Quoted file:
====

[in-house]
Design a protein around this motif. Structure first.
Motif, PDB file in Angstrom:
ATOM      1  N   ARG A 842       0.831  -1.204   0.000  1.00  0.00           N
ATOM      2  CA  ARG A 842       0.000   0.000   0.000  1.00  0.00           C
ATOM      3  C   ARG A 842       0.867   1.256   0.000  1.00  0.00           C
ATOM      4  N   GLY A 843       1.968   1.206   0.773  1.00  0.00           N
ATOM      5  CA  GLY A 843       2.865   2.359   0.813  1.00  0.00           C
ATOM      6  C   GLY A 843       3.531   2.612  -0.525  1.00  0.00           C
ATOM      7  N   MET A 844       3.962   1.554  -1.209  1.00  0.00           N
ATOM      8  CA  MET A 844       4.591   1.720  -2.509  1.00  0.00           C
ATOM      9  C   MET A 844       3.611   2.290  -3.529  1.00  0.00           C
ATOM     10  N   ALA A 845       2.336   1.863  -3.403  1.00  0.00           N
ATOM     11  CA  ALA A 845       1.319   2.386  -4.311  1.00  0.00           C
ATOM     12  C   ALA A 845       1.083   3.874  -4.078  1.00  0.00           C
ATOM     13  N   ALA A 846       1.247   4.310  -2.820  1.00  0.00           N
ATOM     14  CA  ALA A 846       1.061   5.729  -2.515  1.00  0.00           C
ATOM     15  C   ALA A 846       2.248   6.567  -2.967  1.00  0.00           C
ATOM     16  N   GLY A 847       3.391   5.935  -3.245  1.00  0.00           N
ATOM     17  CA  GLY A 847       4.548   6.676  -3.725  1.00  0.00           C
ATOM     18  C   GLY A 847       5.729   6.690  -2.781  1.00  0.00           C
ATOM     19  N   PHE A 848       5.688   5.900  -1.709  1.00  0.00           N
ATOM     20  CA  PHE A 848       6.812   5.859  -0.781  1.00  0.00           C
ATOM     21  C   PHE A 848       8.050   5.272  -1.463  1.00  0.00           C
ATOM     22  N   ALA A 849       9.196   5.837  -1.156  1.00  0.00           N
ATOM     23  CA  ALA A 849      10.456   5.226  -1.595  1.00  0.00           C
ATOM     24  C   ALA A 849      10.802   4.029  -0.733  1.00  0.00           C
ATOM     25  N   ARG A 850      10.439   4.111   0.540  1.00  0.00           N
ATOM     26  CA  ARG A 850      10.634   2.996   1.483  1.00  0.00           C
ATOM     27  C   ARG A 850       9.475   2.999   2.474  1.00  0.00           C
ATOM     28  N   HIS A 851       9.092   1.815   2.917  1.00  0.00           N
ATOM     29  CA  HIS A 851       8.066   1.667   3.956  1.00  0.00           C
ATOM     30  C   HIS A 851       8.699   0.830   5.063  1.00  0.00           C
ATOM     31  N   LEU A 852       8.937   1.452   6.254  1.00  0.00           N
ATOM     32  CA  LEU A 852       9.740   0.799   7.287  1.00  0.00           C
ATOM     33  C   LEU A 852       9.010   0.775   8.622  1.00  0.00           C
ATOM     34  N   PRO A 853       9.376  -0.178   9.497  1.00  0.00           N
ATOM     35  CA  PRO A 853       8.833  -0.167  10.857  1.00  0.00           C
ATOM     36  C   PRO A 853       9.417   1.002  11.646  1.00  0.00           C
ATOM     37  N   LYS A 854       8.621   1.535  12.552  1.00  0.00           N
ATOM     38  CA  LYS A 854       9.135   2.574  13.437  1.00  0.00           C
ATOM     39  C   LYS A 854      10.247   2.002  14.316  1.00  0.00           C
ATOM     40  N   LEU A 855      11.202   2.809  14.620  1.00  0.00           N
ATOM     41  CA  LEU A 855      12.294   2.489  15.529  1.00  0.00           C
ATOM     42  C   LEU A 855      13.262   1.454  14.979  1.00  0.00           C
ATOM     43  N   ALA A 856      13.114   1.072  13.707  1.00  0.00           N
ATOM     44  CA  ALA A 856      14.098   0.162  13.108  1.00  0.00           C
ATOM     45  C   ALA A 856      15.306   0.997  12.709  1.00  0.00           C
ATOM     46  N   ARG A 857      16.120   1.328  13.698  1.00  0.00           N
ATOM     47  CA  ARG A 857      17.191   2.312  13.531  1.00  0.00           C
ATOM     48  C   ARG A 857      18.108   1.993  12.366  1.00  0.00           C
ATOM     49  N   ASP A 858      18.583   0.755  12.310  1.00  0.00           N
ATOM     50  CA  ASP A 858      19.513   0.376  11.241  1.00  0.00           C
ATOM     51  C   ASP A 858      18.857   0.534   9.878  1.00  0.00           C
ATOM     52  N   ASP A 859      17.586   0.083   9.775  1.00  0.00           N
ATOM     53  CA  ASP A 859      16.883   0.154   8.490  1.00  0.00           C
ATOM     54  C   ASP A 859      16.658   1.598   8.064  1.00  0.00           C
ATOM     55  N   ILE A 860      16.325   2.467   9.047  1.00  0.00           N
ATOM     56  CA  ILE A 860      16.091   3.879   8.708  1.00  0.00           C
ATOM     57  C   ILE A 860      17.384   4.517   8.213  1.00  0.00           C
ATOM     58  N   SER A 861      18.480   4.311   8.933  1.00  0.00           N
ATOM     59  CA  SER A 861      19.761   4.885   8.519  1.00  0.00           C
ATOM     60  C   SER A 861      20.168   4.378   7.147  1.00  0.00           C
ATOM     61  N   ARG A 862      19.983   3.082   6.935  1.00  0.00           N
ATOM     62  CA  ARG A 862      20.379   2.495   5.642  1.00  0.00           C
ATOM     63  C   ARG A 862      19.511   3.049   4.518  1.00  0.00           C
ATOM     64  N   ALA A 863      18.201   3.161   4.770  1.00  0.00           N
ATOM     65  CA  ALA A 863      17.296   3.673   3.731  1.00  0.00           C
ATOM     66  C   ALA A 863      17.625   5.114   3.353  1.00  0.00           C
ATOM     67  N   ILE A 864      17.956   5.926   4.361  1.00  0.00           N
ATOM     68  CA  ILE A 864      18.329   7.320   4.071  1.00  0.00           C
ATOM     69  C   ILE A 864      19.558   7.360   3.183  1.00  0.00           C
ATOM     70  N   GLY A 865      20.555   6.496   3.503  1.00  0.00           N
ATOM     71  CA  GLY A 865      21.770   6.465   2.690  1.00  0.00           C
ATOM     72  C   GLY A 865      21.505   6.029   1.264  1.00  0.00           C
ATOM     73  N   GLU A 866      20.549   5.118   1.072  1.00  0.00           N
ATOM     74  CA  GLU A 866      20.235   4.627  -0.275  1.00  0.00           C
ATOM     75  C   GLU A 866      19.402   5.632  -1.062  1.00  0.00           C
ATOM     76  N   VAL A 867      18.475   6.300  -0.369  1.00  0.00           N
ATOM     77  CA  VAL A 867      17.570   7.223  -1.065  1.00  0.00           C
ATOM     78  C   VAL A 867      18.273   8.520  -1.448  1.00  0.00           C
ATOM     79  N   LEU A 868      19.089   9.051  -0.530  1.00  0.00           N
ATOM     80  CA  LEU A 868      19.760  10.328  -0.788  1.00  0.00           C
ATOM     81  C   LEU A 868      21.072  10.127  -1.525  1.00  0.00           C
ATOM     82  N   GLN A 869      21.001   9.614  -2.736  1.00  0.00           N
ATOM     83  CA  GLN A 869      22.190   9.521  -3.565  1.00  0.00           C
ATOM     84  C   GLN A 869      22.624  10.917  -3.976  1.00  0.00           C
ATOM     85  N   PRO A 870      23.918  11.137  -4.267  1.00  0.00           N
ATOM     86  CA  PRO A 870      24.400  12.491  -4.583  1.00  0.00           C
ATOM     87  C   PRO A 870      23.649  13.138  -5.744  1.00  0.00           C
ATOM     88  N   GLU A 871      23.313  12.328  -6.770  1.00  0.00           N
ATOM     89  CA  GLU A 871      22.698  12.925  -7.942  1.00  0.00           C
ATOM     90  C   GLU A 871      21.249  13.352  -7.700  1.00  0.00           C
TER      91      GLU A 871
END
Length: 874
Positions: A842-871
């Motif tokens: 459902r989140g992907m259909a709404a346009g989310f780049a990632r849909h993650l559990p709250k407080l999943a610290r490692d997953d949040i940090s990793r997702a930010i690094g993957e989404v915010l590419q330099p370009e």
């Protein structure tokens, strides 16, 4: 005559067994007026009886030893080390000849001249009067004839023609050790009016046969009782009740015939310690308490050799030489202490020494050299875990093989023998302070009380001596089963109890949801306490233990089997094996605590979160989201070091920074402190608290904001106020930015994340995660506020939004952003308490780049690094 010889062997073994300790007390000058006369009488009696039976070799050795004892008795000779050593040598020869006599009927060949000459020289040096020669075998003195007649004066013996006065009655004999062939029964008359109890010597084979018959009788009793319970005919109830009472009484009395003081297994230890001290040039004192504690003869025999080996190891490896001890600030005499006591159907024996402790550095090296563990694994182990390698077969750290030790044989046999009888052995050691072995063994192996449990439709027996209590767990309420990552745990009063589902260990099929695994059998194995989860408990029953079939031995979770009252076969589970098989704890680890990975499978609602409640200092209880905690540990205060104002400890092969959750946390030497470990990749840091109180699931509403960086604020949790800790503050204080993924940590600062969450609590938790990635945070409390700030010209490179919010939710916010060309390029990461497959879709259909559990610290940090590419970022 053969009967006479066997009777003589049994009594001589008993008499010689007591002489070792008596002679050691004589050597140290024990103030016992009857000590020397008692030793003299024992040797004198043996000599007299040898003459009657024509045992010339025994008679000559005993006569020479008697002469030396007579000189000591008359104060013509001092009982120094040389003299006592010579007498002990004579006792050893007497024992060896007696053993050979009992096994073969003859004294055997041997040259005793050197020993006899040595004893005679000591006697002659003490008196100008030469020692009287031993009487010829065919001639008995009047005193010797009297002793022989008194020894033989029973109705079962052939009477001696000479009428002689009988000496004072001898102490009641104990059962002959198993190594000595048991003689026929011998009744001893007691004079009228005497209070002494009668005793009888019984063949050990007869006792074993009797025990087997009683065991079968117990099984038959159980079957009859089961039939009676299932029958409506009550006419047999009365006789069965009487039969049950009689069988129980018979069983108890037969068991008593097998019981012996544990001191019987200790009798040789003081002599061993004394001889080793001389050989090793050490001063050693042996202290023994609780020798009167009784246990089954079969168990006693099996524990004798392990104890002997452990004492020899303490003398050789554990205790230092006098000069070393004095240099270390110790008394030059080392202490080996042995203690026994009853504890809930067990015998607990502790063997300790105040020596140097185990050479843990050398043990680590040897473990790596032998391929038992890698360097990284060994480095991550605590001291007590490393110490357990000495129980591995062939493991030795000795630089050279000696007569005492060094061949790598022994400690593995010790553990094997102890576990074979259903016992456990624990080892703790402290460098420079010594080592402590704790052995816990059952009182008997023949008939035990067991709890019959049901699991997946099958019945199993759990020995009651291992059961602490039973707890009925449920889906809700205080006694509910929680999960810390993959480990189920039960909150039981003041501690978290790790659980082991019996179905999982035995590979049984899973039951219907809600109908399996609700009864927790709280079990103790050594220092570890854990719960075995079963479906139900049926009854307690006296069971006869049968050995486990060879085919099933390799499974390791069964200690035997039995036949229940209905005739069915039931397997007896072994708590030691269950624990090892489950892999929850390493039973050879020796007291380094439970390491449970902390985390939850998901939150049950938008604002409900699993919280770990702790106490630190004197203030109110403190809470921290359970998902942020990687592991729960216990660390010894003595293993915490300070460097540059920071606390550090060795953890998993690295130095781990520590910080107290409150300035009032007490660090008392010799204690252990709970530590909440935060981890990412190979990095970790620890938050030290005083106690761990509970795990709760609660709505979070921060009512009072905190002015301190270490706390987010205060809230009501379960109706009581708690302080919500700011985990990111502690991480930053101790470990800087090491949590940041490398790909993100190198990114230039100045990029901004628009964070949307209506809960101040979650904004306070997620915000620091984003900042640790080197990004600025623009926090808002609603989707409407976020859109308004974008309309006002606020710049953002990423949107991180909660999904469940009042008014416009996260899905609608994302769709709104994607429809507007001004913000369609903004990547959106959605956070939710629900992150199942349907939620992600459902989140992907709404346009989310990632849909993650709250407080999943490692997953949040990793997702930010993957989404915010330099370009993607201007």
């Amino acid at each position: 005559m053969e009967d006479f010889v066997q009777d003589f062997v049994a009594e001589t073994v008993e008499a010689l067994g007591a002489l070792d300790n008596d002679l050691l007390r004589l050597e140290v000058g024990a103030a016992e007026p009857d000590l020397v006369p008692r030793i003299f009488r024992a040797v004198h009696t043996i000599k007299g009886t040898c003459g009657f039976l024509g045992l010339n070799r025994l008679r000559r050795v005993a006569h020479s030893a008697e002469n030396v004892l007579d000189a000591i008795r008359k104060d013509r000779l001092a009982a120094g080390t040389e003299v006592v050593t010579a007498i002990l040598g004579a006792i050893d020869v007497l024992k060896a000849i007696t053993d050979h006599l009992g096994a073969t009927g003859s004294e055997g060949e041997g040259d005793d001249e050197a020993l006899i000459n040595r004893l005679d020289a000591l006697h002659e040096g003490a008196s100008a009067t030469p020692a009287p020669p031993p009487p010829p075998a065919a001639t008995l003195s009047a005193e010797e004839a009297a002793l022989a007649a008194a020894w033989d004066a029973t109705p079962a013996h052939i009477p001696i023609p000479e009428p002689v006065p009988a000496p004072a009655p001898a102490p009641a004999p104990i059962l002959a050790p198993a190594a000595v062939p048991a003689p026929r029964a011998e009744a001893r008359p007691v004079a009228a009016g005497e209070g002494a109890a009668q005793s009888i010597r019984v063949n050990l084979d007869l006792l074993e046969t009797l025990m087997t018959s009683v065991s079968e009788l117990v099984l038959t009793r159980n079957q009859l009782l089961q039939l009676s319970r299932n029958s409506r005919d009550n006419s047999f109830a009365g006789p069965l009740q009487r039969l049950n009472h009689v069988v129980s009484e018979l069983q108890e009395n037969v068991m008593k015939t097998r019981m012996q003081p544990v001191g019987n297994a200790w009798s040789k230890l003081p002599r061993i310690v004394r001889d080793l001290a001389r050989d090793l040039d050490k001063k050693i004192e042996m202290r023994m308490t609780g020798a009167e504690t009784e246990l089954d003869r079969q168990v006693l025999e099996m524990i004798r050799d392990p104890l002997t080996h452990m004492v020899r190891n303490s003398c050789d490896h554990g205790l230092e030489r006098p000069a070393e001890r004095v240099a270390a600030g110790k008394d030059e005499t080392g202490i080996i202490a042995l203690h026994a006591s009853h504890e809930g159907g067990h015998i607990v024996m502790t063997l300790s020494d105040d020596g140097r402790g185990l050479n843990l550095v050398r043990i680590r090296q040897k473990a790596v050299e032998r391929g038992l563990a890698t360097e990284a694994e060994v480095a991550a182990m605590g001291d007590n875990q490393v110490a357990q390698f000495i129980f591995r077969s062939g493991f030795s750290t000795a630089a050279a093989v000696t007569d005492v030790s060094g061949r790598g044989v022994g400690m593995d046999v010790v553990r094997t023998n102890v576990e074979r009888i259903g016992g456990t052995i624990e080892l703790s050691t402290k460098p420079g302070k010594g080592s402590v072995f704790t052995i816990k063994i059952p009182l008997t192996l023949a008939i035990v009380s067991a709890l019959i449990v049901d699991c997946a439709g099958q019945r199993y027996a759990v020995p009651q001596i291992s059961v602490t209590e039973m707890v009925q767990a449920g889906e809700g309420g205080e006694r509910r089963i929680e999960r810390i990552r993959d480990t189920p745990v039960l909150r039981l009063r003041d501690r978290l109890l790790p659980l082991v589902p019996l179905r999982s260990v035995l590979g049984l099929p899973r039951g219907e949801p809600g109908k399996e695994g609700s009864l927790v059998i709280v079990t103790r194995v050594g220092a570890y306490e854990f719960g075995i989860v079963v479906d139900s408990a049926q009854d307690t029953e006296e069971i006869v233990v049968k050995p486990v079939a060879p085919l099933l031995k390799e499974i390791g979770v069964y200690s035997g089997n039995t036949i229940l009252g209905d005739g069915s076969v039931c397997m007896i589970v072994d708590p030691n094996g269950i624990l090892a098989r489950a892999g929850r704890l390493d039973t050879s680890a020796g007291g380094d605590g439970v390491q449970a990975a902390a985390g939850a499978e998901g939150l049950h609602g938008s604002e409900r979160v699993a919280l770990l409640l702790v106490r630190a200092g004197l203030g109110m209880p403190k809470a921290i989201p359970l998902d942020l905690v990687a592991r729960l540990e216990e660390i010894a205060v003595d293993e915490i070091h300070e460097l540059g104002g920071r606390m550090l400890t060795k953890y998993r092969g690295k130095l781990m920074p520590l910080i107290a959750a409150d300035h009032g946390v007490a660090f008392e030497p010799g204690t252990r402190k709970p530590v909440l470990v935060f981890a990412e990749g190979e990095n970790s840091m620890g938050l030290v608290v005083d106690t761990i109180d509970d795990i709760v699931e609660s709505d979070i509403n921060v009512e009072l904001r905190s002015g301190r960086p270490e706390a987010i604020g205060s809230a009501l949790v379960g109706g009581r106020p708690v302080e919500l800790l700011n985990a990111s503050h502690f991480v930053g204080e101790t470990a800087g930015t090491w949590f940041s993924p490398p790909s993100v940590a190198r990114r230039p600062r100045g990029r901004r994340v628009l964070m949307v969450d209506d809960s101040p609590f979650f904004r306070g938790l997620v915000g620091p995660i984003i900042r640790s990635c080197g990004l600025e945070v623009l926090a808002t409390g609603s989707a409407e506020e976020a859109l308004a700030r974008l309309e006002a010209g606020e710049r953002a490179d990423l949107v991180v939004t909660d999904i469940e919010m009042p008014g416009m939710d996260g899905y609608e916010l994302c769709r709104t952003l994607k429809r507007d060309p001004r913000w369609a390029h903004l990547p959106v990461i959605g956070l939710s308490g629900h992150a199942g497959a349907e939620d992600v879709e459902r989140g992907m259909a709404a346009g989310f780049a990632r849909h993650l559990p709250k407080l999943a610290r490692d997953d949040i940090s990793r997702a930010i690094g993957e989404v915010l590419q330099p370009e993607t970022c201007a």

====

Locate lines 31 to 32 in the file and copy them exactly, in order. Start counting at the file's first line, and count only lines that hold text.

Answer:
ATOM     28  N   HIS A 851       9.092   1.815   2.917  1.00  0.00           N
ATOM     29  CA  HIS A 851       8.066   1.667   3.956  1.00  0.00           C